Are you on a direct path or are you a hopeless wanderer? Ready, aim (part 2)

I find that when I am not moving steadily toward a goal, but simply following the next new shiny thing, I just end up wandering in circles. Have you experienced this as well?

In part 1 of this 2-part series called “Ready, Aim,” we looked at some of the reasons you may be floundering, and in part 2 we’re going to explore ways to advance on your way to success.

Most of us have too much going on in our lives to be able to wholeheartedly pursue a big goal, but there are ways we can break that goal into smaller parts, and work toward it a little bit at a time. In fact, I have found it more useful to target smaller goals in various areas of my life so that I’m more rounded and stable.

In his book and training called EntreLeadership, author and radio personality Dave Ramsey details the idea of setting goals in different areas of your life or the “wheel of life” as outlined by Zig Ziglar. Ramsey says, “for our lives to be successful as a whole we must address each area. The spokes of goal setting are: career, financial, spiritual, physical, intellectual, family, social.”

He goes on to say that if you only focus on some of these areas, you will have, in essence, “a flat tire.”

One of the things I struggle with the most is balancing the areas of my life, so I end up spending more time on career, physical and intellectual pursuits and neglect other areas, especially family and social. Because my “big 3” areas come easier for me, that’s what I focus on and end up procrastinating on planning for the other areas. I’m learning to set more practical goals in each of the areas, with steps that are reasonable and measurable so I can see my progress.

Once you have SET your goals, the next step is to start making progress toward accomplishing them. I have found a secret though – break those goals down into manageable bites. The following steps can help make the process less overwhelming:

  • Focus on one or two areas each week: don’t set yourself up for failure by trying to accomplish all of your goals at once. Take it slow and focus on one or two “spokes” at a time. Maybe this week you aim to work on physical (maybe walking for 30 minutes two days) and social (meet a friend for coffee). Ease into it.
  • Determine specific next actions: if you are like me, seeing something like “Sally’s birthday” on my to-do list makes my eyes glaze over and I skip it altogether. But if I decide what the next action is to move it forward, I am more likely to make time to work on it. For instance, the first step might be to “talk to Sally to pick a date for the celebration.” That’s probably a phone call, so that’s something concrete I can work into my week. Be sure to determine next actions for each of your goals.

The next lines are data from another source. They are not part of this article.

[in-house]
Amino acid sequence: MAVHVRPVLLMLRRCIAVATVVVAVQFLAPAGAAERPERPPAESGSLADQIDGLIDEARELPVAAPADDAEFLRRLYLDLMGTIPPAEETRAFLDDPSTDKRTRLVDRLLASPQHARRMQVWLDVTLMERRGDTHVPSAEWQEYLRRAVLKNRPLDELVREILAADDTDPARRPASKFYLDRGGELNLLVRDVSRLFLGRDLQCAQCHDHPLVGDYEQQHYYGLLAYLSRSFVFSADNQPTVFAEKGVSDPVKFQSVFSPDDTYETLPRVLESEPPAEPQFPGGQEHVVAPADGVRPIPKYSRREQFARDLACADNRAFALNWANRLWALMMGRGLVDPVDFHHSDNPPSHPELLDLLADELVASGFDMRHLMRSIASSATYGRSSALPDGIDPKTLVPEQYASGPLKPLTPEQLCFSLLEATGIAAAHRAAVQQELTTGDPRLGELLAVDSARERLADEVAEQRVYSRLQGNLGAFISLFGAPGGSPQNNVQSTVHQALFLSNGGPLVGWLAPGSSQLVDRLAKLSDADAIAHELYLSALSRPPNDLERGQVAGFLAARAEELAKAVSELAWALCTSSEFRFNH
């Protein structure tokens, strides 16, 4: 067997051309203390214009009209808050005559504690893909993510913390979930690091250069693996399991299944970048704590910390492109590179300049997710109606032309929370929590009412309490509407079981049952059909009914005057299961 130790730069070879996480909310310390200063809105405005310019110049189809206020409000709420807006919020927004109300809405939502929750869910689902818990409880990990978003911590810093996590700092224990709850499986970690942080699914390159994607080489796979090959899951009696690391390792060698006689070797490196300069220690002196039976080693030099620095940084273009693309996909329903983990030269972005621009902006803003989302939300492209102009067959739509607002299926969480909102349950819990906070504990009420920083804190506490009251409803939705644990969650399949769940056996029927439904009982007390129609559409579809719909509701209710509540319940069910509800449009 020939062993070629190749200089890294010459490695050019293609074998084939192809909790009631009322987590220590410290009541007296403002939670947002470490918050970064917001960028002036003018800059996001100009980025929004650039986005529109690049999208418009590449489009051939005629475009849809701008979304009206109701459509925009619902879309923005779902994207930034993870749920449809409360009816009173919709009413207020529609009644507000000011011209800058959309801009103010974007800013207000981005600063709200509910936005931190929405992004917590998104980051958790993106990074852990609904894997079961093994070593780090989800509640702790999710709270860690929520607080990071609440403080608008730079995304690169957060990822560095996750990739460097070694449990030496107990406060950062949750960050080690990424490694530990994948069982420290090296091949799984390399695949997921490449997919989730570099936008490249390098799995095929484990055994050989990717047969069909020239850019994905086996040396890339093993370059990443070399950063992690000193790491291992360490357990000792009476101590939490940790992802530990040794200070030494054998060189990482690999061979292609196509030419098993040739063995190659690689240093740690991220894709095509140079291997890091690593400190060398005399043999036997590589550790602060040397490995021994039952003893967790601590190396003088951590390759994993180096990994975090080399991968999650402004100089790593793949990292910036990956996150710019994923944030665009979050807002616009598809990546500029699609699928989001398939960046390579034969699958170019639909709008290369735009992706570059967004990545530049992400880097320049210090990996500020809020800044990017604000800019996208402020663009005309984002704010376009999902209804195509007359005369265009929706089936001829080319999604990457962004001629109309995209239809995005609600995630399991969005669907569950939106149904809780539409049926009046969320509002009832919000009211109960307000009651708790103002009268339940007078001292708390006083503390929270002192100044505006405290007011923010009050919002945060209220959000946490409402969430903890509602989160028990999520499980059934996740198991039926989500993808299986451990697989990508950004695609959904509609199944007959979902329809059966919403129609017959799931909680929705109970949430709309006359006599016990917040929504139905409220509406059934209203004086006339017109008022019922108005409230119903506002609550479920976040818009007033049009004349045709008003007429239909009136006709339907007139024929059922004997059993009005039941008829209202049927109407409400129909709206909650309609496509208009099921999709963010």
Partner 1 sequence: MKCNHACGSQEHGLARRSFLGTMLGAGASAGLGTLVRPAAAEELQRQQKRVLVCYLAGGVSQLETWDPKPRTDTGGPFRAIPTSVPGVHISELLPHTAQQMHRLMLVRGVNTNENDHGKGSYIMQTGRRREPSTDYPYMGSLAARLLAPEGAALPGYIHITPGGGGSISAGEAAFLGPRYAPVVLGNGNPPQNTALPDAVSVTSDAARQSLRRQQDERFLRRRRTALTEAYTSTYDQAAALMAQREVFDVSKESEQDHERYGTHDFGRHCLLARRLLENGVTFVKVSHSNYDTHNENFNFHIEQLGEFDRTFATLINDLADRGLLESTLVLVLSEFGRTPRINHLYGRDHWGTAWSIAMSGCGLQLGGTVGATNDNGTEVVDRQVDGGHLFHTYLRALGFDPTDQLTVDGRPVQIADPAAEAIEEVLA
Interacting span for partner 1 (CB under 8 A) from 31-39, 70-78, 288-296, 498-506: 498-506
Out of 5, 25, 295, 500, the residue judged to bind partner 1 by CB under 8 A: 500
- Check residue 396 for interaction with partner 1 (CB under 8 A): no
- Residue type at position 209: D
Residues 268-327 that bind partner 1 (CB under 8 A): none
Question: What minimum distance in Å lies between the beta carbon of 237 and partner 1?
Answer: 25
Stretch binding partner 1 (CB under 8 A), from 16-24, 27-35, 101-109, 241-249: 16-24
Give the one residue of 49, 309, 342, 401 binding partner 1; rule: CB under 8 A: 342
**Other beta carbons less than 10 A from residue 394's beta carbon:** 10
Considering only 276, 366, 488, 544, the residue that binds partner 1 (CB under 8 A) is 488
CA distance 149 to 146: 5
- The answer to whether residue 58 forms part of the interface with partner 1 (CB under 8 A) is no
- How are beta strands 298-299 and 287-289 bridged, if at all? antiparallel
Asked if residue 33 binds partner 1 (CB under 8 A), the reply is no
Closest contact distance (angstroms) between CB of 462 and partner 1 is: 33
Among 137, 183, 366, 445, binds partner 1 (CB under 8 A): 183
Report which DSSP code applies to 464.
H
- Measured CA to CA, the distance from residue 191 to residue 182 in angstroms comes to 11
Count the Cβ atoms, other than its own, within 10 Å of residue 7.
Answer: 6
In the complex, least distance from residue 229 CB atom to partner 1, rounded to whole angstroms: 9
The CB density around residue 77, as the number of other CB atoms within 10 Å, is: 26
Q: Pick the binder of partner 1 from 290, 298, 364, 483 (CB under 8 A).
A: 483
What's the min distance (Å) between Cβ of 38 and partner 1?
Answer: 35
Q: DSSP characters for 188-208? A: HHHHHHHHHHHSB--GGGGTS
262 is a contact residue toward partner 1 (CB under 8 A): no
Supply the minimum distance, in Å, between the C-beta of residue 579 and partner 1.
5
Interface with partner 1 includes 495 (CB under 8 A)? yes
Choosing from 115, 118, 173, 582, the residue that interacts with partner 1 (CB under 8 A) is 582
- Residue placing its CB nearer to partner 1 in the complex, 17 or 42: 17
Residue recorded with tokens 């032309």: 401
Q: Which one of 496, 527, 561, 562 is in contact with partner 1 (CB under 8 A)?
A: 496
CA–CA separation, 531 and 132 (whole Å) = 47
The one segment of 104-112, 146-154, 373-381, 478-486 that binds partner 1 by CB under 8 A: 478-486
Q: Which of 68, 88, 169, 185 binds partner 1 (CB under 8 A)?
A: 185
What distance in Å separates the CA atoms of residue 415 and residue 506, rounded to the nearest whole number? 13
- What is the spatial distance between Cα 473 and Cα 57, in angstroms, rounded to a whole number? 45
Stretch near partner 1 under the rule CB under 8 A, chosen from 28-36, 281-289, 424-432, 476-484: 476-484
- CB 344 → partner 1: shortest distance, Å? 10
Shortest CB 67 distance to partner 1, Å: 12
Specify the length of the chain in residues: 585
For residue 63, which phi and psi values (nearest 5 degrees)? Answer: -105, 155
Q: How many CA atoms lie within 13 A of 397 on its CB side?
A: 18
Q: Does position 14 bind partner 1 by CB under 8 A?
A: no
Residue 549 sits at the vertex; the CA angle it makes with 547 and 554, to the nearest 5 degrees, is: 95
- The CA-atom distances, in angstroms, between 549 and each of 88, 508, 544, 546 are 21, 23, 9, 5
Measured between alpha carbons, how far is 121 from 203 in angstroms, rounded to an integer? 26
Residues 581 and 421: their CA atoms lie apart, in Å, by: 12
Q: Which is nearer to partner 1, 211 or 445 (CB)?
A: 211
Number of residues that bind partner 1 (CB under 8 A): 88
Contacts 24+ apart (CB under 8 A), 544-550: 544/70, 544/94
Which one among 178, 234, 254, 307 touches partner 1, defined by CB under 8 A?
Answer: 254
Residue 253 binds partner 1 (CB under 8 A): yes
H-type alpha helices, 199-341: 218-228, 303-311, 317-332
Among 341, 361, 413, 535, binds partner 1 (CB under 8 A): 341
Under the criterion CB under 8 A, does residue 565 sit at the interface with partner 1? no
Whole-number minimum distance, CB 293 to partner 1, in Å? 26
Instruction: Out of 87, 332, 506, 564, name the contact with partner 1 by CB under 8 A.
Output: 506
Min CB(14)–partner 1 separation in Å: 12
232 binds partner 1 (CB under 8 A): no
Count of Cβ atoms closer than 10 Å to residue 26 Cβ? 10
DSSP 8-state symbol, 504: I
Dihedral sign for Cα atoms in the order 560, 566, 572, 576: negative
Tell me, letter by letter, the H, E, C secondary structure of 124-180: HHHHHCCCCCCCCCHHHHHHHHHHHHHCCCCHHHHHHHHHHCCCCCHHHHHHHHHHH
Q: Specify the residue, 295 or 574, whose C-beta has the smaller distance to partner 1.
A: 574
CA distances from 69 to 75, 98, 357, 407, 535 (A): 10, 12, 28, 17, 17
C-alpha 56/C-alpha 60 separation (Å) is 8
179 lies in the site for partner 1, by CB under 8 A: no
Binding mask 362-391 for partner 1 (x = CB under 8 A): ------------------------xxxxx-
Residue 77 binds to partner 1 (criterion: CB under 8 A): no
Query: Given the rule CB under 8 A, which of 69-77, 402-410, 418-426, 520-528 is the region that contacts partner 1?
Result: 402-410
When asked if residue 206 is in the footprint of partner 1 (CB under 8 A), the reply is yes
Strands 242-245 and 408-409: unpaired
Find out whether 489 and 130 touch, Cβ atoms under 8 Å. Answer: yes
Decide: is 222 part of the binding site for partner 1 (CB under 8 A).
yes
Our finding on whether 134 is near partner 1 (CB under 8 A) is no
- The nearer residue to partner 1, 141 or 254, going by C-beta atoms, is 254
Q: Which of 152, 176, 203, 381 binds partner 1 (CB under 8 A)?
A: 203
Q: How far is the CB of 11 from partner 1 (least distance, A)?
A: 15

• Use your calendar: I don’t know about you, but I am much more likely to pay attention to items on my calendar than things on a lengthy to-do list. So make it simple and add the action step to your calendar. Sculpt time to accomplish that next step. One of my goals is to read and study one business book each month. I have limited time to read, often at night before bed, when I tend to fall asleep in the book and then have to reread the next night. Not very conducive to great study.  So I have started blocking out a couple of hours on a Saturday or Sunday afternoon to read with a reminder on my computer, so that my time does not slip away. That chime of the reminder helps me stay on track.
  • Start some good habits: Try setting your alarm 15 or 30 minutes earlier in the morning, and use that extra time to exercise, or pray and study the Bible, if those are some of your goals. If you are consistent, then before long, you won’t even be tempted to hit snooze because you will find yourself feeling better because you see progress.
  • Celebrate progress: When you do make significant progress on your goals, take a few minutes to rejoice in that. Share your success with your accountability partner or family. Don’t get lazy though – be happy that you are moving in the right direction and get back to work on that next step!

By taking small steps in the right direction, you will start making visible progress on a particular goal, which will spur progress on other goals. Just think what you can accomplish as you stop wandering and head on a straight path!

What small steps can you take now to get you back on track for your larger goals?